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Consumer ETFs in Focus on Wal-Mart Earnings Beat

Sweta Killa
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Wal-Mart WMT once again bucked weak trends in the retail sector, topping our earnings and revenue estimates when it reported second-quarter fiscal 2018 results. However, it guided lower for the ongoing fiscal quarter and fiscal year.
    
Q2 Results in Focus

Earnings per share came in at $1.08, beating both the Zacks Consensus Estimate and improving from the year-ago earnings by a penny. Revenues inched up 2.1% year over year to $123.4 billion and were ahead of our estimate of $122.7 billion.

E-commerce surge and strong grocery sales drove revenues in the quarter. Notably, e-commerce sales jumped 60% year over year. U.S. same store sales grew for the twelfth consecutive quarter, climbing 1.8% year over year with a 1.3% increase in traffic sales (read: Retail Sales Off to a Great Start to Q3: ETFs to Buy).

Wal-Mart continued to expand its business in the digital world. The mega retailer expects earnings per share in the range of 90-98 cents for the ongoing quarter. The midpoint of the guidance is much below the Zacks Consensus Estimate of 98 cents. U.S. same-store sales are expected to grow 1.5-2%.    

Additionally, the company raised the lower end of its fiscal 2018 earnings per share guidance to $4.30-$4.40 from $4.20-$4.40. The midpoint of the guidance is much below the Zacks Consensus Estimate of $4.37.

Market Impact

Amid disappointing guidance, the stock fell 1.6% on the day following the results. Meanwhile, the stock crushed the volume figure as nearly 17.3 million shares exchanged hands compared with more than 9 million on average (read: 5 ETFs & Stocks on Sale).

Currently, Wal-Mart has a Zacks Rank #2 (Buy) with a VGM Style Score of A and boasts a solid Zacks Industry Rank in the top 20%, indicating room for upside in the near term. As a result, the current beaten down price could be a good entry point. As such, we highlight four consumer ETFs having the largest allocation to this retail giant that are likely to be in focus in the days ahead. Investors should closely monitor the movement in these funds and grab the opportunity when it arises:

First Trust Nasdaq Retail ETF FTXD

The fund follows the Nasdaq US Smart Retail Index and holds 50 stocks in its basket. WMT occupies the top position in the basket with 8.5% of assets. While broadline retailers and specialty retailers make up for a bigger chunk at 24.9% and 22.1%, respectively, food retailers & wholesalers, specialized consumer service, and home improvement retailers round off the next three spots. FTXD has accumulated $1.9 million since its debut last September and trades in nearly 1,000 shares a day on average. Expense ratio comes in at 0.60%.

iShares Edge MSCI Multifactor Consumer Staples ETF CNSF

This ETF debuted in the space a year ago and has attracted $2.6 million in its asset base. It trades in a meager volume of about 200 shares. The fund targets companies that have the potential to outperform the broad U.S. consumer staples sector and tracks the MSCI USA Consumer Staples Diversified Multiple-Factor Capped Index. Holding 29 stocks in its basket, Wal-Mart takes the second spot, accounting for 8.4% of the portfolio. In terms of industrial exposure, more than half of the portfolio is dominated by food beverage tobacco while food & staples retailing, and household and personal product take the remainder with a double-digit exposure each. CNSF charges 35 bps in fees per year (read: Will Tobacco Troubles Really Char Staples ETFs' Safety?).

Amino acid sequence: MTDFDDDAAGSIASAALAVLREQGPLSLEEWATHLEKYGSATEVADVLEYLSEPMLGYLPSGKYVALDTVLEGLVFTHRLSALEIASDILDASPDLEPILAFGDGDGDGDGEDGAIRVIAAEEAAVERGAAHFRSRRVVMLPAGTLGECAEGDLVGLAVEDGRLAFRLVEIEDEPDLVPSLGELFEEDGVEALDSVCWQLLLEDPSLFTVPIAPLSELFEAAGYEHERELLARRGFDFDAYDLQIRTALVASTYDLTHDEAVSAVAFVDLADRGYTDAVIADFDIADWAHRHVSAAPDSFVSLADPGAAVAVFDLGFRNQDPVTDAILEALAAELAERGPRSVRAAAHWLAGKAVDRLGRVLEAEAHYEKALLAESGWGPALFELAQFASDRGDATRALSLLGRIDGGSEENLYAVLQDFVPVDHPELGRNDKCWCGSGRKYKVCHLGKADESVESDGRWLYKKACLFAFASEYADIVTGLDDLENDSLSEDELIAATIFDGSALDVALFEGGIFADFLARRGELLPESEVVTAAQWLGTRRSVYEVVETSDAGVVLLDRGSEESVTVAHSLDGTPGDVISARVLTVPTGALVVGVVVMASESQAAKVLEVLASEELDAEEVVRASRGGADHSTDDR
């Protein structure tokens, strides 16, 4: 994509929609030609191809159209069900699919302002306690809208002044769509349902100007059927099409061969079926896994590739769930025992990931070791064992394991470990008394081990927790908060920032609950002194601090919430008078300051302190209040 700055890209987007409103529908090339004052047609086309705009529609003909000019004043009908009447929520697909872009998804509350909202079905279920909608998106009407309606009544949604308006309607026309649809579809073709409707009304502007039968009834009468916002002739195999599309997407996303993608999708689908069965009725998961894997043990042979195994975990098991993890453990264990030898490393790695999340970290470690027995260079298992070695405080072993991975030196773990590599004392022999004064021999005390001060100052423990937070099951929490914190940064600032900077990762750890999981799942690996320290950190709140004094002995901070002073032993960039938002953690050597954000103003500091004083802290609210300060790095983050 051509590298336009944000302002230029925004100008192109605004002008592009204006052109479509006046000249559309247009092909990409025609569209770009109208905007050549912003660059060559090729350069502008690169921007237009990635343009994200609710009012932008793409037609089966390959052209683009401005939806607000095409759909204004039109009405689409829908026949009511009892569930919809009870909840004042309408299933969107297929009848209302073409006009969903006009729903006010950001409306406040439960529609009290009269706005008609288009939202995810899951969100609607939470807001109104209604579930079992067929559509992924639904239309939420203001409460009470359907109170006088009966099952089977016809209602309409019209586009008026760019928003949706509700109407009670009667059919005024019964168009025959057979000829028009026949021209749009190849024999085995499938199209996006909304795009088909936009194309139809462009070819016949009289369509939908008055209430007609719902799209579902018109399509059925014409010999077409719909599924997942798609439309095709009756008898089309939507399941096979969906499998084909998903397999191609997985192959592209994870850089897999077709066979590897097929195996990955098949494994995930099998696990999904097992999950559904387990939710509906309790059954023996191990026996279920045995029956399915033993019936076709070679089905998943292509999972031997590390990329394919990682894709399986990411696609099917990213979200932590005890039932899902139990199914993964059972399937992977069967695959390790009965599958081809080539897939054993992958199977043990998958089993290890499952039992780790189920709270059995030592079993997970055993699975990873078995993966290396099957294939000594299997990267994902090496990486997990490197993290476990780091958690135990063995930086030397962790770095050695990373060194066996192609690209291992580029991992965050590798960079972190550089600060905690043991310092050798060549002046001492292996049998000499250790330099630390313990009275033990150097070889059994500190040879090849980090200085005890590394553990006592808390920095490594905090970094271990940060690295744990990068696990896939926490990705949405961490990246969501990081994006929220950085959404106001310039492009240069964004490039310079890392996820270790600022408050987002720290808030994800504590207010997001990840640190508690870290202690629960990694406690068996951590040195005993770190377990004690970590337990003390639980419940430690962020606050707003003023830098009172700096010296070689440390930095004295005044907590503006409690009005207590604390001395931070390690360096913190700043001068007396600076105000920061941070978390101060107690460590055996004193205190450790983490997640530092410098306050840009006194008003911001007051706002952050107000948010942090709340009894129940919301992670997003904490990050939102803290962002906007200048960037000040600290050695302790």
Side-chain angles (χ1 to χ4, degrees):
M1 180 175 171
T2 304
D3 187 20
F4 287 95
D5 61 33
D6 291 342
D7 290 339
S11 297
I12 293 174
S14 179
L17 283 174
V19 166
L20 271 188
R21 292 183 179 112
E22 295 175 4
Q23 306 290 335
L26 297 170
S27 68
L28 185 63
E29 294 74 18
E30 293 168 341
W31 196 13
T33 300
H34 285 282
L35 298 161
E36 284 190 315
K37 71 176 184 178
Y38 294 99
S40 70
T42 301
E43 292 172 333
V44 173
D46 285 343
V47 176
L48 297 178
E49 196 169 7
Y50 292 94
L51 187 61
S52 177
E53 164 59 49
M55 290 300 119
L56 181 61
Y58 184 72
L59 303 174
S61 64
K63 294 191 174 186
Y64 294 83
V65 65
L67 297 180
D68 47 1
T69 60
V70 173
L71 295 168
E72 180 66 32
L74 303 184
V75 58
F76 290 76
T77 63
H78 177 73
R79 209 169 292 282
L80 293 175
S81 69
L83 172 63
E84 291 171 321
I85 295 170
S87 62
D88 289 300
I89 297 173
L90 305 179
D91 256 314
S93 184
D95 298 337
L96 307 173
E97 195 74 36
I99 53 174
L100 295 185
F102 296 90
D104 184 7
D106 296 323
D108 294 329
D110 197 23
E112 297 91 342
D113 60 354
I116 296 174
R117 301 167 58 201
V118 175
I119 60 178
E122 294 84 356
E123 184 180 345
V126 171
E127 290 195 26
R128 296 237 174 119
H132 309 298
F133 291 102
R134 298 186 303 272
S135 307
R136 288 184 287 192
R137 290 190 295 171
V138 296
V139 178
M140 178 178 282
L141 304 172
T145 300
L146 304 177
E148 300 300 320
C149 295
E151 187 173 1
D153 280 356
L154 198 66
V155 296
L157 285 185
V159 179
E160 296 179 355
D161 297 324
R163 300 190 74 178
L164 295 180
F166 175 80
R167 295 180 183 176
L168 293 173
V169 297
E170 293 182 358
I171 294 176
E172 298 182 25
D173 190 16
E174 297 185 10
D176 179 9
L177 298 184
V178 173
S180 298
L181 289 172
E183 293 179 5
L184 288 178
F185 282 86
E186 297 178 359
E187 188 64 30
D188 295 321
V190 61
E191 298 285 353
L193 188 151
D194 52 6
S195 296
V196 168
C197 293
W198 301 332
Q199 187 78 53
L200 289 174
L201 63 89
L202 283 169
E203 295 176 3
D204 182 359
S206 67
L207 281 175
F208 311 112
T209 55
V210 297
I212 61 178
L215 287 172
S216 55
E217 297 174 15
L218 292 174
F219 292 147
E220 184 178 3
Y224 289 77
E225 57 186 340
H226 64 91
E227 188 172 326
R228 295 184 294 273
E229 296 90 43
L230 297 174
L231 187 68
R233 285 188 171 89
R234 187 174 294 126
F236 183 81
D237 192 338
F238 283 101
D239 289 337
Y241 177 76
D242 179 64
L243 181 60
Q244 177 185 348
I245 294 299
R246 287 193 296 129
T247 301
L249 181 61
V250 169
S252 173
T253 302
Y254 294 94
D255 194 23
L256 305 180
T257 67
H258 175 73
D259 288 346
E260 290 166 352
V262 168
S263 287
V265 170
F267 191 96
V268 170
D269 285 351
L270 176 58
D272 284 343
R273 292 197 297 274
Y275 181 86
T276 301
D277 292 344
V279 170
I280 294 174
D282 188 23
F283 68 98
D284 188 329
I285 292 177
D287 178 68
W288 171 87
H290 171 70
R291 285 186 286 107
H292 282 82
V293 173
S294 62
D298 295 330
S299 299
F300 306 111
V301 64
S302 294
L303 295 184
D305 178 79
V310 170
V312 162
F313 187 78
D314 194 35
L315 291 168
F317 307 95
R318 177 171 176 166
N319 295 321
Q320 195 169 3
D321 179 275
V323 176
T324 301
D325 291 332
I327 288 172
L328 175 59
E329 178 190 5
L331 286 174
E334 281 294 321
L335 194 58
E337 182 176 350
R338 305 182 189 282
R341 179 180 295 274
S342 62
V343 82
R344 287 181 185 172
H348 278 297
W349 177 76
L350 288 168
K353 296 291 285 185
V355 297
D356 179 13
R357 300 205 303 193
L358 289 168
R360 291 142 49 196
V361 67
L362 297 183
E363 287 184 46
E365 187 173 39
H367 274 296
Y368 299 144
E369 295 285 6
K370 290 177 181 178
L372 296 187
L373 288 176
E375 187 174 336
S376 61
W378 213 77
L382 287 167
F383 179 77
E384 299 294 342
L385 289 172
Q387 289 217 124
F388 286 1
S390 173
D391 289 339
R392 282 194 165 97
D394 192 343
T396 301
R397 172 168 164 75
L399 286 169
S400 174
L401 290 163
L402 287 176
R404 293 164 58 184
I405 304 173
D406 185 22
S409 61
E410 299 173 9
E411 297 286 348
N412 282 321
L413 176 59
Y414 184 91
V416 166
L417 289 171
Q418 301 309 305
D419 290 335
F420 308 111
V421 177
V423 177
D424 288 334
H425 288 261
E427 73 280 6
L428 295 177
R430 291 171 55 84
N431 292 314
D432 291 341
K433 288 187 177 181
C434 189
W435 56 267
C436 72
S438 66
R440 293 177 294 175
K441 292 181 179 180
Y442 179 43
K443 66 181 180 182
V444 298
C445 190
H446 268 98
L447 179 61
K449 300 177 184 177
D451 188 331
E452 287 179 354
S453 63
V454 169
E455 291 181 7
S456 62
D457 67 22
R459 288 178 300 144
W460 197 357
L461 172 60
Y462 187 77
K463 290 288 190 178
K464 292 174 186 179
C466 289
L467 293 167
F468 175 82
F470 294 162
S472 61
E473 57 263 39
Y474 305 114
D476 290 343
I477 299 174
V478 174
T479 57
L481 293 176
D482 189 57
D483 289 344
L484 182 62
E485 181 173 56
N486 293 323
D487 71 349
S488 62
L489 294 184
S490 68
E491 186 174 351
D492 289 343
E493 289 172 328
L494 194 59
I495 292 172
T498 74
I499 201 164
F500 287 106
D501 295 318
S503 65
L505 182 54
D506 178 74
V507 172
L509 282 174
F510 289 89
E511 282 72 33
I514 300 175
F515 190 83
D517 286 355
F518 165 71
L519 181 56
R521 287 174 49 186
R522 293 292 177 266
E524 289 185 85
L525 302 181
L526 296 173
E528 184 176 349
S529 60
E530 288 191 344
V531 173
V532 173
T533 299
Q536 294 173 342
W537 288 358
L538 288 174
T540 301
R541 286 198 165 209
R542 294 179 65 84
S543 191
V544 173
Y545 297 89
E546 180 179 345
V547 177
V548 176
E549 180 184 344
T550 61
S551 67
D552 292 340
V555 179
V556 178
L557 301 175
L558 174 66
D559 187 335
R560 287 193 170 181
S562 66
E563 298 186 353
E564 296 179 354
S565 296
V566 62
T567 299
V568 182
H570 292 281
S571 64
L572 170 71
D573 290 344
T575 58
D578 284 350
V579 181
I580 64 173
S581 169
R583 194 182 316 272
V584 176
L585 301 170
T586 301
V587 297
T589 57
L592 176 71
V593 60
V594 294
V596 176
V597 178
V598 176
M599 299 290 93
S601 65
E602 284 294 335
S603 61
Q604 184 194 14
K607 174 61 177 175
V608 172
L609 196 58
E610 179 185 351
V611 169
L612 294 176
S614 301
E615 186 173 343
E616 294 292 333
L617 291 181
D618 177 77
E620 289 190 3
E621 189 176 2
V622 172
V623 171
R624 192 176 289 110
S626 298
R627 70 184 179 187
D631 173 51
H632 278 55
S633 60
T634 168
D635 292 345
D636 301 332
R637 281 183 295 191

Consumer Staples Select Sector SPDR Fund XLP

This is the most popular consumer staples ETF that follows the Consumer Staples Select Sector Index and has about $8.5 billion in its asset base. The fund charges 14 bps in fees per year from investors and trades in heavy volume of nearly 9.8 million shares a day. In total, the fund holds about 37 securities in its basket with Wal-Mart taking the fourth spot at 6.5%. From a sector look, food and staples retailing takes the largest share at 22.5% while beverages, household products, food products and tobacco account for a double-digit allocation each. XLP has a Zacks ETF Rank of 3 with a Medium risk outlook.

Fidelity MSCI Consumer Staples Index ETF FSTA

This fund tracks the MSCI USA IMI Consumer Staples Index, holding 100 stocks in its basket. Out of these, WMT takes the sixth spot with 6.2% share. The ETF is widely diversified across beverages, food and staples retailing, household products, food products, and tobacco. It has amassed $309 million in its asset base, while trades in a moderate volume of around 67,000 shares a day on average. It charges 8 bps in annual fees from investors. The fund has a Zacks ETF Rank of 3 with a Medium risk outlook (see: all Consumer Staples ETFs here).

John Hancock Multifactor Consumer Staples ETF JHMS

This product also targets the consumer staples sector emphasizing factors (smaller cap, lower relative price, and higher profitability) that academic research has linked to higher expected returns by tracking the John Hancock Dimensional Consumer Staples Index. Holding 58 stocks in its basket, WMT takes the fourth spot at 5.2% share. Food products takes the largest share in terms of industrial exposure with 25.6% while food and staples retailing, beverages and household products round off the next three spots. The fund has accumulated $17.1 million in AUM and trades in a paltry volume of under 1000 shares. It has a Zacks ETF Rank of 3.

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